Pick up another delica bead, stitch through the center of the spacer bead from back to front and then back up the delica bead.  Note that you are always stitching through the side of the bead that is closest to the needle (not the tail). This will make the bead sit side by side with the previous bead.

    Continue to 6 of 15 below.
  • 06 of 15

    Deciding If There is Room For One More Bead

    End of a circle
    It's always hard to decide if there is enough room for another bead. When in doubt - leave it out. Lisa Yang

    One of the hardest parts of circular brick stitch is deciding if there is room to add one more bead to the circle. If you add too many beads, the circle will ruffle instead of laying flat. If you don't have enough, the thread bridge will be larger than the rest of the stitches.

    I always err on the side of less beads. After you've done the final stitch of the round, you can always spread out the beads to even out the spacing.

    Continue to 7 of 15 below.
  • 07 of 15

    Finish the Round

    No room for beads
    When there is not enough room for another bead, stitch down through the first bead on the row. Lisa Yang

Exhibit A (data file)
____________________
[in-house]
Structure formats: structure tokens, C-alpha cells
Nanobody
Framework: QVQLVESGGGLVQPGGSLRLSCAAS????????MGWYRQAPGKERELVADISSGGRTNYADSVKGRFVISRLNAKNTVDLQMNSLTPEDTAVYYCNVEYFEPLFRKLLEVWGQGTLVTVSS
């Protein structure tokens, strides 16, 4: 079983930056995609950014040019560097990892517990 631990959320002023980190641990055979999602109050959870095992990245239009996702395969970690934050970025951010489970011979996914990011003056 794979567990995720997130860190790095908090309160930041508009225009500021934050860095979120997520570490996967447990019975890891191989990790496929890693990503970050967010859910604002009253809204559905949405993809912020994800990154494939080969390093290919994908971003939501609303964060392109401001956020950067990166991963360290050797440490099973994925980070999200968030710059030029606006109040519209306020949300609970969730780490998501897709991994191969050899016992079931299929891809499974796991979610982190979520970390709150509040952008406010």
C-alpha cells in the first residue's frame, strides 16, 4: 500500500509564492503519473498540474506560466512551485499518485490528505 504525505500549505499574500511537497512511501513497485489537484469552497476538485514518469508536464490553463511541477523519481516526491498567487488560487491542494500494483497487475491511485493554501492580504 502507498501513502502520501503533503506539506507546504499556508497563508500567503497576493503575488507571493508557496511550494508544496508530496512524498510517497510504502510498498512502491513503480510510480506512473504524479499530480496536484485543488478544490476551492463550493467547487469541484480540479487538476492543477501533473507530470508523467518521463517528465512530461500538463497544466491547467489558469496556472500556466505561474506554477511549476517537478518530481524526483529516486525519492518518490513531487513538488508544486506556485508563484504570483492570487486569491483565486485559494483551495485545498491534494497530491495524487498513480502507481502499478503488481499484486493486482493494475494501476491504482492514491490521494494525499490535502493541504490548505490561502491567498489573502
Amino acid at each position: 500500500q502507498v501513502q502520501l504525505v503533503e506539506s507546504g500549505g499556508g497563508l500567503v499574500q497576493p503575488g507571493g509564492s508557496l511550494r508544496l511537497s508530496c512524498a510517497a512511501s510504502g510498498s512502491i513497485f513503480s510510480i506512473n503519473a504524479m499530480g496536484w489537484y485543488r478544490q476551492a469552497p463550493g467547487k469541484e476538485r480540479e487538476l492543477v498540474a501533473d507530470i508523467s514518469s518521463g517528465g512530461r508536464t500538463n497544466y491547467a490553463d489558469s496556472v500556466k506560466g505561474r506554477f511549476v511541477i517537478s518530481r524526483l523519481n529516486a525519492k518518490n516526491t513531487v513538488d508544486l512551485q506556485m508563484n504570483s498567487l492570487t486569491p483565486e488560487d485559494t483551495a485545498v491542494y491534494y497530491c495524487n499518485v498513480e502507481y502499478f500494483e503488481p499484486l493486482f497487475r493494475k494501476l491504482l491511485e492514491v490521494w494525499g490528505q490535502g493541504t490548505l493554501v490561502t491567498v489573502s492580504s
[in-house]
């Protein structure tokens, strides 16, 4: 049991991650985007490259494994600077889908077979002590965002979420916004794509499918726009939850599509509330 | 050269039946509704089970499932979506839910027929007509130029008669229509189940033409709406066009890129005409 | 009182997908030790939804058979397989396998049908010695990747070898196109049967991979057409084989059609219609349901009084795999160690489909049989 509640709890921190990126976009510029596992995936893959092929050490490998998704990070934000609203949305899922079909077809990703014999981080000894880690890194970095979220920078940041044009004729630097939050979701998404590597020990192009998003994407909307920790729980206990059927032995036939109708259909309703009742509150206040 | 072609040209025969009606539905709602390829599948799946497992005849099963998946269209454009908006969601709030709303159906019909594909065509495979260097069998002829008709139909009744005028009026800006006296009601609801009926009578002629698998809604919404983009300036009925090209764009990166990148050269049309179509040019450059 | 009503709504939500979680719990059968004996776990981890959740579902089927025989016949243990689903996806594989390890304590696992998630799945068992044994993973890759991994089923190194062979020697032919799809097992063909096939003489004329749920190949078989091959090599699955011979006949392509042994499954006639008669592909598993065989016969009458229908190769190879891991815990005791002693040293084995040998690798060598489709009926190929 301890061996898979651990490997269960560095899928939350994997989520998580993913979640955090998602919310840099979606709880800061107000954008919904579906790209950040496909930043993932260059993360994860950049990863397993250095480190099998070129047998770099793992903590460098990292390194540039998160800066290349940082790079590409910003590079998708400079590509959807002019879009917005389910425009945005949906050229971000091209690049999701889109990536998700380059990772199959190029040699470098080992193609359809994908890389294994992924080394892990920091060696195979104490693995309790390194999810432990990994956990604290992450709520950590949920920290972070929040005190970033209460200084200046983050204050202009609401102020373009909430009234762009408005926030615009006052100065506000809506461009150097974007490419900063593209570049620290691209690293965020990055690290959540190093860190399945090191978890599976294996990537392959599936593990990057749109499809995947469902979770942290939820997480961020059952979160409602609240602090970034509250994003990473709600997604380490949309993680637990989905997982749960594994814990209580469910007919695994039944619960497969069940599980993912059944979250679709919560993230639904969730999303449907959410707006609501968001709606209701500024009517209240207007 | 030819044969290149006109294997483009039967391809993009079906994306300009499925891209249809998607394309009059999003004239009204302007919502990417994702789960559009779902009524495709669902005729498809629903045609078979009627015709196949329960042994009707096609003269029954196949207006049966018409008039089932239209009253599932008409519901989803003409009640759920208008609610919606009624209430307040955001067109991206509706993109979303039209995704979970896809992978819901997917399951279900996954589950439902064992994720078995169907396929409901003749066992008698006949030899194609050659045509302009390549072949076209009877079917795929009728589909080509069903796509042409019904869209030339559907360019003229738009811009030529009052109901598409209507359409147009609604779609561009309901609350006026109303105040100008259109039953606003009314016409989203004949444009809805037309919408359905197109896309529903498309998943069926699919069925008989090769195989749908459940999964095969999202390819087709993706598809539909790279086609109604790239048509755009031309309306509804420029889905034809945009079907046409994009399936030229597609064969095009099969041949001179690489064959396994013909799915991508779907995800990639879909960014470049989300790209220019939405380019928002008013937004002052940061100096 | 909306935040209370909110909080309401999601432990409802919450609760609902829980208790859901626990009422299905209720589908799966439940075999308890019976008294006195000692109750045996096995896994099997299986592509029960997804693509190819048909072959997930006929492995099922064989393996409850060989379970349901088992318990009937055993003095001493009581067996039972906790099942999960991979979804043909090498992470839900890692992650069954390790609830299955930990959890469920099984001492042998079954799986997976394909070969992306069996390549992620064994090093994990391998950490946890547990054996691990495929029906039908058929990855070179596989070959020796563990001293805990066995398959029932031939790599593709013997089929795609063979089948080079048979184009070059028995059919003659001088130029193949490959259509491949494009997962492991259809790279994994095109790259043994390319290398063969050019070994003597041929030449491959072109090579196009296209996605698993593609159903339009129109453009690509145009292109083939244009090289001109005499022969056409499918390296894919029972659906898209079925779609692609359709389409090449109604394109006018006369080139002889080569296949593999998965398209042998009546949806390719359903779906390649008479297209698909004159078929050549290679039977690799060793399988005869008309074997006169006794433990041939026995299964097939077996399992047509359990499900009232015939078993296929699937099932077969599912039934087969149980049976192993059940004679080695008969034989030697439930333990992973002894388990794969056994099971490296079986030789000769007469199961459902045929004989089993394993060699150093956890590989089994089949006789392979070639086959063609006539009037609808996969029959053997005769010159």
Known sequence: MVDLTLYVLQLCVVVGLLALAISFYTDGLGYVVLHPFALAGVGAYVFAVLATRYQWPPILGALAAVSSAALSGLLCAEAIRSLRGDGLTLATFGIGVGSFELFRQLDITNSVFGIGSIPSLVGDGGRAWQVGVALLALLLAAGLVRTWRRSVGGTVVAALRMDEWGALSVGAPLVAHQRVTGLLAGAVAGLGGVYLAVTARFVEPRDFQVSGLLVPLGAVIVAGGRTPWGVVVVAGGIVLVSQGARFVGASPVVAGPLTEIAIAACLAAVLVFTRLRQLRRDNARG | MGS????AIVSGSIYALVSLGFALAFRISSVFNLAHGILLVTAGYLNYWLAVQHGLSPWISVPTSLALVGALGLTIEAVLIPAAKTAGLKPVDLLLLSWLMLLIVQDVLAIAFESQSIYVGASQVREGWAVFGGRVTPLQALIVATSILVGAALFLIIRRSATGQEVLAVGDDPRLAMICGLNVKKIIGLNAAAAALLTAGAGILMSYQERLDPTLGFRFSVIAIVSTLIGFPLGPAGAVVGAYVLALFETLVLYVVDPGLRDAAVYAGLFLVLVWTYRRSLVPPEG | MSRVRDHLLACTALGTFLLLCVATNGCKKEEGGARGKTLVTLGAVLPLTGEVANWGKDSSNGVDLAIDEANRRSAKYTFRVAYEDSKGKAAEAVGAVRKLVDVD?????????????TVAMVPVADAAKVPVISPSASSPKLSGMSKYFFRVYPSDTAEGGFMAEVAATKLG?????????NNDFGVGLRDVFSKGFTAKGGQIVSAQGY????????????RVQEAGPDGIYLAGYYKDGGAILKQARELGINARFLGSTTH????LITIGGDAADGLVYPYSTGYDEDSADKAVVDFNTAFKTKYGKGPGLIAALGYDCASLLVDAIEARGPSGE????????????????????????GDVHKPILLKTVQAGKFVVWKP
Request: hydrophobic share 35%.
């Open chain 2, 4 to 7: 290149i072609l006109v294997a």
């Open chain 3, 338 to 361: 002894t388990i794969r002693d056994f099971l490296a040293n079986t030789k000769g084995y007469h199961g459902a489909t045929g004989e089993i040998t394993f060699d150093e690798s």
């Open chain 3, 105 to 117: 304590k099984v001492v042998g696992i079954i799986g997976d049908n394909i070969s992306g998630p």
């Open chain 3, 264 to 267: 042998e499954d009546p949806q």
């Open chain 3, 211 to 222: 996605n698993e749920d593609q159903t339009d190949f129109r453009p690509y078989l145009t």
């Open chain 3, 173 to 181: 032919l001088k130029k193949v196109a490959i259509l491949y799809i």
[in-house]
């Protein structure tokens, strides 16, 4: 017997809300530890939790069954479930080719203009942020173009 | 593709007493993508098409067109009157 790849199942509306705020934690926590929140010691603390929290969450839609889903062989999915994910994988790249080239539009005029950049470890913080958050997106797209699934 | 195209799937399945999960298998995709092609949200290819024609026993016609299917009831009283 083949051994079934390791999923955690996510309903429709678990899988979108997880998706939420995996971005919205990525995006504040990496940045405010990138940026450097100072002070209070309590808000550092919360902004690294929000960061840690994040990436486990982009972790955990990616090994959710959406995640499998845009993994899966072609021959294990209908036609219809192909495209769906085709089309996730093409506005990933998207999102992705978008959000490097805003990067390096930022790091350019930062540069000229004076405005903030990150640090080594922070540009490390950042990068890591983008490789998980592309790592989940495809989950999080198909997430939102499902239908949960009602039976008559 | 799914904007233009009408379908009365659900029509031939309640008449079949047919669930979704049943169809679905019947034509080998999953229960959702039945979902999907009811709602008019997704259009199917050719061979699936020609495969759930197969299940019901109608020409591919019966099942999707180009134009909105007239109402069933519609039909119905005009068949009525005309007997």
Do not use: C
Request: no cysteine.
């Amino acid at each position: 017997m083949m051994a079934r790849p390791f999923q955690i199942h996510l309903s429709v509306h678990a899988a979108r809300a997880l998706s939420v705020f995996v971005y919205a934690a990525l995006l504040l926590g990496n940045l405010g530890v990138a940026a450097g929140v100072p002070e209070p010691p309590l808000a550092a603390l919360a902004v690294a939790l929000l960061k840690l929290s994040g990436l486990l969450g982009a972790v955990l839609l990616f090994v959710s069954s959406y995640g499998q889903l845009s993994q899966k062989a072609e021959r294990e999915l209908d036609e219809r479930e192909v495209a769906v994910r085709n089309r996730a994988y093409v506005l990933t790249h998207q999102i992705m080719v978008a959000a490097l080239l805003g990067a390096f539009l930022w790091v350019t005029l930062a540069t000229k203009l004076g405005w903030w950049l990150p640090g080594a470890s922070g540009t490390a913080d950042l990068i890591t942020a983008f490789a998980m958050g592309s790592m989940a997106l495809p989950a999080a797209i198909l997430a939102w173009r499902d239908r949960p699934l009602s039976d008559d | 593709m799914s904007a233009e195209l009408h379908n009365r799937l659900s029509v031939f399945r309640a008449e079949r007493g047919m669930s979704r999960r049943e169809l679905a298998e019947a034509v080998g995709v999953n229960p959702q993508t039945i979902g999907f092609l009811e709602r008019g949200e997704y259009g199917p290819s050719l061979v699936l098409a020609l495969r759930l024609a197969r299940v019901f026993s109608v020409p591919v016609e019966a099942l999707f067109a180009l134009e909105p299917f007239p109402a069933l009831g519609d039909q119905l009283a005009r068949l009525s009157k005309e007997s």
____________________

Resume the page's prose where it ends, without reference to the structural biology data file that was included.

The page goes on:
To finish the round, stitch down into the first bead you added on the row. You are basically making the same brick stitch, but you are doing it in a bead that is already attached from the first stitch.

    Continue to 8 of 15 below.
  • 08 of 15

    Stitch up Through the Bead to Lock it in Place

    Stitch through center and up first bead
    Stitch through the center bead and up through the first bead of the row. Lisa Yang

    Stitch through the center of the spacer bead, from back to front, and then back up through the bead to lock it in place.  You are ready to start the second round of brick stitch beading. 

    Before continuing, you can pull the thread to tighten the stitches and slide the beads slightly to evenly space them around the center bead.

    Continue to 9 of 15 below.
  • 09 of 15

    Start the Second Round of Brick Stitch

    Add two beads
    Add two beads and go under the thread bridge between two beads on the prior row. Lisa Yang

    Pick up two beads to start the second round of brick stitch.  Instead of stitching through the center bead, you will put your needle under the thread bridge joining the tops of the beads on the first round.  I always stitch from back to front and go around clockwise.  I think this is just personal preference and if you find it is more comfortable to do it another way, you can do that, you just need to be consistent.

    Continue to 10 of 15 below.
  • 10 of 15

    Stitch Up Through the Second Bead

    Start beading round 2
    Stitch through the center and up the second bead to start the second round. Lisa Yang